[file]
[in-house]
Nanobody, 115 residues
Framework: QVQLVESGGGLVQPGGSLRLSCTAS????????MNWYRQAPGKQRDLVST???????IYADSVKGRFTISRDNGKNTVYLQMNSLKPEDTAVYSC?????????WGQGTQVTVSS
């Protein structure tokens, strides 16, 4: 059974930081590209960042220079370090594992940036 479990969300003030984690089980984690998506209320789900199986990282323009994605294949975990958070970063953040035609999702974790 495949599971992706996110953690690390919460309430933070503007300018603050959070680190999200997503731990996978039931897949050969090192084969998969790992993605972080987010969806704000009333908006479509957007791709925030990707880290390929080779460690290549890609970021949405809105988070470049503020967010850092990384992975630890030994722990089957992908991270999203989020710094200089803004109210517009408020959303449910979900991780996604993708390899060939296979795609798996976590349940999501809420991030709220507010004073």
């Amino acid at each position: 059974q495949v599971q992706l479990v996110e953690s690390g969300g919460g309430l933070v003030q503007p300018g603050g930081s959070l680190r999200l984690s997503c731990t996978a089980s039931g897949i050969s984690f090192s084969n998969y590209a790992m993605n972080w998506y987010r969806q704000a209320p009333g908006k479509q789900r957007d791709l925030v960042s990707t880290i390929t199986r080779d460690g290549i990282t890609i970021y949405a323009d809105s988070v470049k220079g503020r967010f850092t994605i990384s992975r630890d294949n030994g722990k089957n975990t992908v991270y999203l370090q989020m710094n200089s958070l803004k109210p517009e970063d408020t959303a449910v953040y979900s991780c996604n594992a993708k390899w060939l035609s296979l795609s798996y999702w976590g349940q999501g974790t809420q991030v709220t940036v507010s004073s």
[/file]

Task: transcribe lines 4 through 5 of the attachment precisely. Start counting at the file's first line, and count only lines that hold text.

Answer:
């Protein structure tokens, strides 16, 4: 059974930081590209960042220079370090594992940036 479990969300003030984690089980984690998506209320789900199986990282323009994605294949975990958070970063953040035609999702974790 495949599971992706996110953690690390919460309430933070503007300018603050959070680190999200997503731990996978039931897949050969090192084969998969790992993605972080987010969806704000009333908006479509957007791709925030990707880290390929080779460690290549890609970021949405809105988070470049503020967010850092990384992975630890030994722990089957992908991270999203989020710094200089803004109210517009408020959303449910979900991780996604993708390899060939296979795609798996976590349940999501809420991030709220507010004073």
């Amino acid at each position: 059974q495949v599971q992706l479990v996110e953690s690390g969300g919460g309430l933070v003030q503007p300018g603050g930081s959070l680190r999200l984690s997503c731990t996978a089980s039931g897949i050969s984690f090192s084969n998969y590209a790992m993605n972080w998506y987010r969806q704000a209320p009333g908006k479509q789900r957007d791709l925030v960042s990707t880290i390929t199986r080779d460690g290549i990282t890609i970021y949405a323009d809105s988070v470049k220079g503020r967010f850092t994605i990384s992975r630890d294949n030994g722990k089957n975990t992908v991270y999203l370090q989020m710094n200089s958070l803004k109210p517009e970063d408020t959303a449910v953040y979900s991780c996604n594992a993708k390899w060939l035609s296979l795609s798996y999702w976590g349940q999501g974790t809420q991030v709220t940036v507010s004073s």